Airline pilots would get nine hours of rest between shifts, a 13 percent rise from current schedules, under the first proposed U.S. overhaul of fatigue rules in 15 years, Transportation Secretary Ray LaHood said.
The changes, prompted by an airline crash that left no survivors last year near Buffalo, New York, also would require pilots to get at least 30 consecutive work-free hours weekly, a 25 percent increase from existing rules, LaHood said today.
“This will help protect more than 700 million passengers and pilots who travel our nation’s airways each year,” he said. The rule, which costs $804 million over 10 years, may change before a congressional deadline of August 2011 to become final.
The Federal Aviation Administration, which LaHood oversees, is seeking to link decades-old fatigue rules with research showing numbers of takeoffs and landings and time-zone changes, not just hours worked, affect tiredness.
The proposal limits workdays to as few as nine hours when a pilot flies seven or more segments. Those who start between midnight and 4 a.m. also face a nine-hour limit. Pilots who begin between 7 a.m. and 1 p.m. could work as long as 13 hours.
Rules now don’t recognize “the difference between day and night,” said Bill Voss, president of the nonprofit Flight Safety Foundation in Alexandria, Virginia. The proposal recognizes sleep cycles and the cumulative effect of rest, and “those two things change everything,” he said.
Pilots for carriers such as US Airways Group Inc. in some cases could be at the controls as long as 10 hours under the new rule, up from eight now. The maximum workday would be trimmed to 13 hours, from 16 under the current 1940s-era rules, last updated in 1985.
Crews are “very concerned” about the increase in maximum flight time, said Doug Pinion of the Allied Pilots Association, which represents crews at AMR Corp.’s American Airlines. “An increase beyond eight hours hasn’t been studied well enough.”
The proposal “overall is positive,” including the increase in daily rest to nine hours, Pinion said. Unions have said an eight-hour break is insufficient, because after tasks such as waiting in airport security lines and traveling to hotels, pilots may have only a few hours for sleep.
The FAA in its plan includes time for commutes to hotels, so once pilots close room doors, they should have opportunities to rest for nine hours, Randy Babbitt, the FAA administrator, said at a news conference with LaHood.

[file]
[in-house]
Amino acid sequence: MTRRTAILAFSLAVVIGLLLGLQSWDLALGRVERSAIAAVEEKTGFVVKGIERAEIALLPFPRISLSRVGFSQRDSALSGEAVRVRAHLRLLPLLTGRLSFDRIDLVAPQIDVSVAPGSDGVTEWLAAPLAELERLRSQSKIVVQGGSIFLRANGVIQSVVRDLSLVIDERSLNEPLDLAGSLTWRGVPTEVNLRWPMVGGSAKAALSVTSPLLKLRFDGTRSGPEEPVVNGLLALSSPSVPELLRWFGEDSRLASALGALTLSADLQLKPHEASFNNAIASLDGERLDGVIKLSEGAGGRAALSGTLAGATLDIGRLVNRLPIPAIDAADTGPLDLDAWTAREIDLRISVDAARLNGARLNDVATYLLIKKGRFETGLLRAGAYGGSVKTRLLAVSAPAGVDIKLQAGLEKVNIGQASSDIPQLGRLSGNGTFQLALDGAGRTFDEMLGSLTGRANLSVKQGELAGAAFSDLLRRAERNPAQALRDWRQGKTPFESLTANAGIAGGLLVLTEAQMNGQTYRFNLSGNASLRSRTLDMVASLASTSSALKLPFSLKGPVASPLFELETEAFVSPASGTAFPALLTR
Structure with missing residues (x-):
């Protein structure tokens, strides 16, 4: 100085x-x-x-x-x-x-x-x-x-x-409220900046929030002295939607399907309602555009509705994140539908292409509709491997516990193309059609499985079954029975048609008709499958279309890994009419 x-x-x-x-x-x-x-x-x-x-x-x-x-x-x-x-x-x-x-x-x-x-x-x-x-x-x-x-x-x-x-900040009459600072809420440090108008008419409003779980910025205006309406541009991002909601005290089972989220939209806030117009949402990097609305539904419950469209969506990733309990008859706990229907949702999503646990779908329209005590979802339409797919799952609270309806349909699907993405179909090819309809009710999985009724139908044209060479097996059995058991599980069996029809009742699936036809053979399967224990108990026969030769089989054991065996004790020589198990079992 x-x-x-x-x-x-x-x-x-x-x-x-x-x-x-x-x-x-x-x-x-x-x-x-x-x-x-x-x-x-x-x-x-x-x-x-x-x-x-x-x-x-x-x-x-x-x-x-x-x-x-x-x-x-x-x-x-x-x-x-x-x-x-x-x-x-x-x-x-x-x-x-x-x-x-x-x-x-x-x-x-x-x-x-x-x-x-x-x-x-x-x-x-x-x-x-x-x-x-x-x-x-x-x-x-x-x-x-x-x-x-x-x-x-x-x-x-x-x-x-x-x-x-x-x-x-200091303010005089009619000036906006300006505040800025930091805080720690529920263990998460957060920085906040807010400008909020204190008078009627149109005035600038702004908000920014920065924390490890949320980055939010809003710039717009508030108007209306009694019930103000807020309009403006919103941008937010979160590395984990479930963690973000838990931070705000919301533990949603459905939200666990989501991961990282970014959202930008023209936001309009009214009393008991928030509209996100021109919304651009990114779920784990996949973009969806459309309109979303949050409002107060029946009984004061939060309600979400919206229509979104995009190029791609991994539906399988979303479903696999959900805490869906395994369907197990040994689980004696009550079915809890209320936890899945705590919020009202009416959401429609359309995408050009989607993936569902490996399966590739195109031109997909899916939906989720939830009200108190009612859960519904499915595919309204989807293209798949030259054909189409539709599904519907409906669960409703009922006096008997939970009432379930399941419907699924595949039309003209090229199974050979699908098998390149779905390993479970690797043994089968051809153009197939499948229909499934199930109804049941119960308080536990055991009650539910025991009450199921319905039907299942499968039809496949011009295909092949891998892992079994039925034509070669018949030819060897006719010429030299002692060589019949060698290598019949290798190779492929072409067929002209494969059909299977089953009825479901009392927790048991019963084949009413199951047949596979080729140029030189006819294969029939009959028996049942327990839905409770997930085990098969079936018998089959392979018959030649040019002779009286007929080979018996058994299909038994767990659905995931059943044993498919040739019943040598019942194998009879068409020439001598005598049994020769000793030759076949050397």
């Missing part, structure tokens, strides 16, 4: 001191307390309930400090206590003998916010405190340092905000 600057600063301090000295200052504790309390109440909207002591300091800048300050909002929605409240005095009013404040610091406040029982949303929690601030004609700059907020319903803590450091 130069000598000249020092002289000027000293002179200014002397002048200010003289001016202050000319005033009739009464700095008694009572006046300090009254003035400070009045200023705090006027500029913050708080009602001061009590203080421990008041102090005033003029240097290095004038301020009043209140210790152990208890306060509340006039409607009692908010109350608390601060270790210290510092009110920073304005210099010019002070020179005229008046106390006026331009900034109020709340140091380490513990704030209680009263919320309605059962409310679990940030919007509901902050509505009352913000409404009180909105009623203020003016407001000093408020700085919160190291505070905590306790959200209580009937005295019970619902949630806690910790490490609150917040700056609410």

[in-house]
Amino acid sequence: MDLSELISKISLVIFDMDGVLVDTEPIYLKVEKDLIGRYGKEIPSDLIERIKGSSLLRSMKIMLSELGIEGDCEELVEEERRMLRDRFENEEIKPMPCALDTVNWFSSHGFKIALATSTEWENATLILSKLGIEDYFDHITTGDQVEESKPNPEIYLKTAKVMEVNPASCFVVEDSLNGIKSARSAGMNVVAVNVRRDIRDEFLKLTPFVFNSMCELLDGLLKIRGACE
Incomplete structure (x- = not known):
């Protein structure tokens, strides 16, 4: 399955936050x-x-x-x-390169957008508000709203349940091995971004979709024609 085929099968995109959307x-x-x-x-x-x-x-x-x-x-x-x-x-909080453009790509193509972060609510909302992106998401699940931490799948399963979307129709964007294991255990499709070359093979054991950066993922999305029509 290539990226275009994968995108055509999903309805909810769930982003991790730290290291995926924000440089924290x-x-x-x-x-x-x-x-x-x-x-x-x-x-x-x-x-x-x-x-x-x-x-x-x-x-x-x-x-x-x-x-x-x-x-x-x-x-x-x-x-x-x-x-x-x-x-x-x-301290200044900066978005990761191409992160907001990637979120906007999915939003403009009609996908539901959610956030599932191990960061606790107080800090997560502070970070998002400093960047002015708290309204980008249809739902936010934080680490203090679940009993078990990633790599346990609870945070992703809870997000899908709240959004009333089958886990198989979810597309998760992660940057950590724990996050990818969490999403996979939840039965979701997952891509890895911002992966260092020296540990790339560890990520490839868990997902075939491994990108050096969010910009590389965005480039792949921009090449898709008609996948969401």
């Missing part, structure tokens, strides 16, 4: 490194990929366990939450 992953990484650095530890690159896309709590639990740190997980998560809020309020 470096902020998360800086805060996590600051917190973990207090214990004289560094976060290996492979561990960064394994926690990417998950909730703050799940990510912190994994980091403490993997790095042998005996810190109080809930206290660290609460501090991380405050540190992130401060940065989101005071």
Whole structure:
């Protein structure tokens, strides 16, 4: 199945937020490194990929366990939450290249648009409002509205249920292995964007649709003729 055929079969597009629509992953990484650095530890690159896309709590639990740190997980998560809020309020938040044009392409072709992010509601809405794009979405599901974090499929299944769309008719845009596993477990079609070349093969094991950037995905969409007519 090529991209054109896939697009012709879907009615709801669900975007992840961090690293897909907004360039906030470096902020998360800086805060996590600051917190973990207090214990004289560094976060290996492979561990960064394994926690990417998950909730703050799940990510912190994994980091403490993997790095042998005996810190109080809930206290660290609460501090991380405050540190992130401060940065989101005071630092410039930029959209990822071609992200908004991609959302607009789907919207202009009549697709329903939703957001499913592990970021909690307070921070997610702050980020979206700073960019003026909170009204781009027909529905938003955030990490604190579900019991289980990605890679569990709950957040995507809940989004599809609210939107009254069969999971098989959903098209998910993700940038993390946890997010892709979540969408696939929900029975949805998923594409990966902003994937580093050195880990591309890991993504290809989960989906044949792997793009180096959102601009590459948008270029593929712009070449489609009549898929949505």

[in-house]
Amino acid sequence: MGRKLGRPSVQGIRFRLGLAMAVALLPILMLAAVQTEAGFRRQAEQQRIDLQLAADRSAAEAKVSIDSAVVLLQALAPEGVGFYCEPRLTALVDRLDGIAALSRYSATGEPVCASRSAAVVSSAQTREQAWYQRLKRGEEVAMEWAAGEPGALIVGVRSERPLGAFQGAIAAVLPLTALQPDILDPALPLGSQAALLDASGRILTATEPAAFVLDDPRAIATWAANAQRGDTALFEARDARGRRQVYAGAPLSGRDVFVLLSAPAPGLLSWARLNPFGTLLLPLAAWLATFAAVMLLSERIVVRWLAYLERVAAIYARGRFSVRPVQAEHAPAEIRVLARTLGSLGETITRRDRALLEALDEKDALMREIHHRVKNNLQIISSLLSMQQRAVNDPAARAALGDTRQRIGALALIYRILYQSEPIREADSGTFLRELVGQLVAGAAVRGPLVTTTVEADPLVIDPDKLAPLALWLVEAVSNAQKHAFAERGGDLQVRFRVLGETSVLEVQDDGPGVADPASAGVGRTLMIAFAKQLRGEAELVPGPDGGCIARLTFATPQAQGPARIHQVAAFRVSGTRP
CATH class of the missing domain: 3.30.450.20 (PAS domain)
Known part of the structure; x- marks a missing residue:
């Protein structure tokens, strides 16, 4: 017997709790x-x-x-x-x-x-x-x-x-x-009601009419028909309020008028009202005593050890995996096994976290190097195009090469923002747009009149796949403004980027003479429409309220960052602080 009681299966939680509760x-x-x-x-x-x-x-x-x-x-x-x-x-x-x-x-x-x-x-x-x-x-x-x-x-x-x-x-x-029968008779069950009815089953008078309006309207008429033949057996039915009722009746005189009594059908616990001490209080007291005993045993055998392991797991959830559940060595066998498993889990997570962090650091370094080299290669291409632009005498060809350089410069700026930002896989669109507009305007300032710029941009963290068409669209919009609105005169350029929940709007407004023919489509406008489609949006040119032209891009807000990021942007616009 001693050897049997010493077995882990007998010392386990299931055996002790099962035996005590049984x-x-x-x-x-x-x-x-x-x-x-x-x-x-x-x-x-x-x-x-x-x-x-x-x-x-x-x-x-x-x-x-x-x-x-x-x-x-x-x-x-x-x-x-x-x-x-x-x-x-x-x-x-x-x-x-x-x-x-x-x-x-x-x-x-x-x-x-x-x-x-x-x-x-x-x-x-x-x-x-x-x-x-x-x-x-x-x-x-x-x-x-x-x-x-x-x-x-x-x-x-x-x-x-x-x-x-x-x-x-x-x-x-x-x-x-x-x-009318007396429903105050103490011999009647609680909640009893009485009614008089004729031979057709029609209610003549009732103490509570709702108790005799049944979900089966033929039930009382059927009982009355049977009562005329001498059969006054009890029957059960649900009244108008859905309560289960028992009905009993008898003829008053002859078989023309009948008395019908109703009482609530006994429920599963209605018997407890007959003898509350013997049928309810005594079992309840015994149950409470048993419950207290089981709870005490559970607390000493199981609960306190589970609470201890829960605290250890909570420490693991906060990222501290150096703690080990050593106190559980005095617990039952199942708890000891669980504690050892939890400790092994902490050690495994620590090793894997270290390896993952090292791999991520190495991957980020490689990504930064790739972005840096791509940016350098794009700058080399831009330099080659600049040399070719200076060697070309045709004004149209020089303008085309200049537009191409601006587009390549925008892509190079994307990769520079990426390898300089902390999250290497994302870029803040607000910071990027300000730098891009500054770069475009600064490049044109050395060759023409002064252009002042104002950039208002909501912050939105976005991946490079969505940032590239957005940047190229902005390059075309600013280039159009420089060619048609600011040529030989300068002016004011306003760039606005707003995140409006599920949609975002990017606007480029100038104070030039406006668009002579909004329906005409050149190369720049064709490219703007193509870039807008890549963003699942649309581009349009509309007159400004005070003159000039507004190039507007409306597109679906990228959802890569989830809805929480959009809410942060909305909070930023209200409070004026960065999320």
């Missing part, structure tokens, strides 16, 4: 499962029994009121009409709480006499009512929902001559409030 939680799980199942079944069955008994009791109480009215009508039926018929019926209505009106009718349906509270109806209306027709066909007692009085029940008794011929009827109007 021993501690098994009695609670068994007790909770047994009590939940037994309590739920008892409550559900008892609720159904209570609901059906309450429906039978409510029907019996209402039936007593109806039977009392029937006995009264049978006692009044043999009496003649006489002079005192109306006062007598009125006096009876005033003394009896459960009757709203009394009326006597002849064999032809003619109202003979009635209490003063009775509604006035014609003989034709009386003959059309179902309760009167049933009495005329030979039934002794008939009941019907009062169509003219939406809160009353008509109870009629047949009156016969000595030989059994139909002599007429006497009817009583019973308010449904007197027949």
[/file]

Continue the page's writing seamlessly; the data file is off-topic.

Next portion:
When asked if airlines would need to hire more pilots to comply with the rule, Babbitt said, “They believe they can find ways to live with this, scheduling better.” He added that it was “certainly possible” more crews would be needed.
The Air Transport Association, a Washington trade group for carriers such as American and Delta Air Lines Inc., said it backs rules that are based on science and improve safety. “We will be evaluating the FAA pilot-fatigue rule against that standard,” the group said in a statement.
The FAA began overhauling the rules in June 2009, four months after a regional carrier flying for Continental Airlines Inc. crashed near Buffalo, killing 50 people, including the two pilots. The National Transportation Safety Board concluded the pilots’ performances probably were impaired by fatigue, though it couldn’t determine the extent of their tiredness or the role that may have played.
Rebecca Shaw, 24, the co-pilot, had traveled all night from Seattle to Newark, New Jersey, before reporting to work for the flight on Feb. 12, 2009, the NTSB found. Captain Marvin Renslow, 47, commuted from Tampa, Florida, to Newark on Feb. 9 and spent two of three nights before the flight in a crew lounge without beds, the board said.
Renslow “had experienced chronic sleep loss,” the board said in its report, which blamed the crash of the aircraft from Pinnacle Airline Corp.’s Colgan Air unit on his incorrect response to a cockpit stall warning.
The crash prompted a special June 2009 meeting of LaHood, Babbitt, the airlines and unions, on the issue of improving safety at regional airlines. The effort to update the pilot rest rules was announced later that month.
Five months later, the FAA withdrew a previous attempt to reshape the rule that had begun in 1995. That plan would have permitted 10 hours of flight time in a 14-hour workday. Industry groups objected, citing “significant costs,” and unions opposed longer cockpit hours, according to the agency.
Babbitt “has done a very good job at finding common ground,” said Voss, of the air-safety group. “Both sides are likely to be happy with this.”